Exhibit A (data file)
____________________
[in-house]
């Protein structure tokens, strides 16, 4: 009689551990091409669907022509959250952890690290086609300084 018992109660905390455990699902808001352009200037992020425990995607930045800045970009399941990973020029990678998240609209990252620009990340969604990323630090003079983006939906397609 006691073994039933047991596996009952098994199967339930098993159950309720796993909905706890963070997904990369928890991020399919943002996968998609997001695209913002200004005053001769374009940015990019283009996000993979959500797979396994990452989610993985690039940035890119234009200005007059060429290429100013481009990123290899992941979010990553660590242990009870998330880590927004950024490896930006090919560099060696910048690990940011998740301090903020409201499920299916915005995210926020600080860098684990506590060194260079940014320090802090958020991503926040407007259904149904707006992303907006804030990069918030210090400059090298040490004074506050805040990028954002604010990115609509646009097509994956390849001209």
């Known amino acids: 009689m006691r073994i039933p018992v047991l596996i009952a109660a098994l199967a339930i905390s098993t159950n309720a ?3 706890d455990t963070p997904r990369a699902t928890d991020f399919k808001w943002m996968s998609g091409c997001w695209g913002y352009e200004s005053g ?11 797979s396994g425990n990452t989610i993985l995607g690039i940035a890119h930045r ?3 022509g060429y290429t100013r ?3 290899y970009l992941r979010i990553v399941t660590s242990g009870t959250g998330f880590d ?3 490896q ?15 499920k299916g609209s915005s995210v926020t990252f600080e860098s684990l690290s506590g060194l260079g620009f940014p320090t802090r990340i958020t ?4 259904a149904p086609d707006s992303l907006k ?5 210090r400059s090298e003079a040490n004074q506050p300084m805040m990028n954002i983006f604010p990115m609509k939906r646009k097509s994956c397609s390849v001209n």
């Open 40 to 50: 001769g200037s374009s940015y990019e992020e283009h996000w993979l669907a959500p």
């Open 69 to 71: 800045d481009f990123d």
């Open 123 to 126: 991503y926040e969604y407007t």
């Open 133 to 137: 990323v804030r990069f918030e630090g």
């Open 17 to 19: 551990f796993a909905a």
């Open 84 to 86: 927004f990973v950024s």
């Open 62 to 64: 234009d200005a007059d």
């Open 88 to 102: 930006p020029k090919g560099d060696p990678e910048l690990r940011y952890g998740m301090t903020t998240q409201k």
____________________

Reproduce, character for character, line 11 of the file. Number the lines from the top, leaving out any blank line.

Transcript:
């Open 88 to 102: 930006p020029k090919g560099d060696p990678e910048l690990r940011y952890g998740m301090t903020t998240q409201k």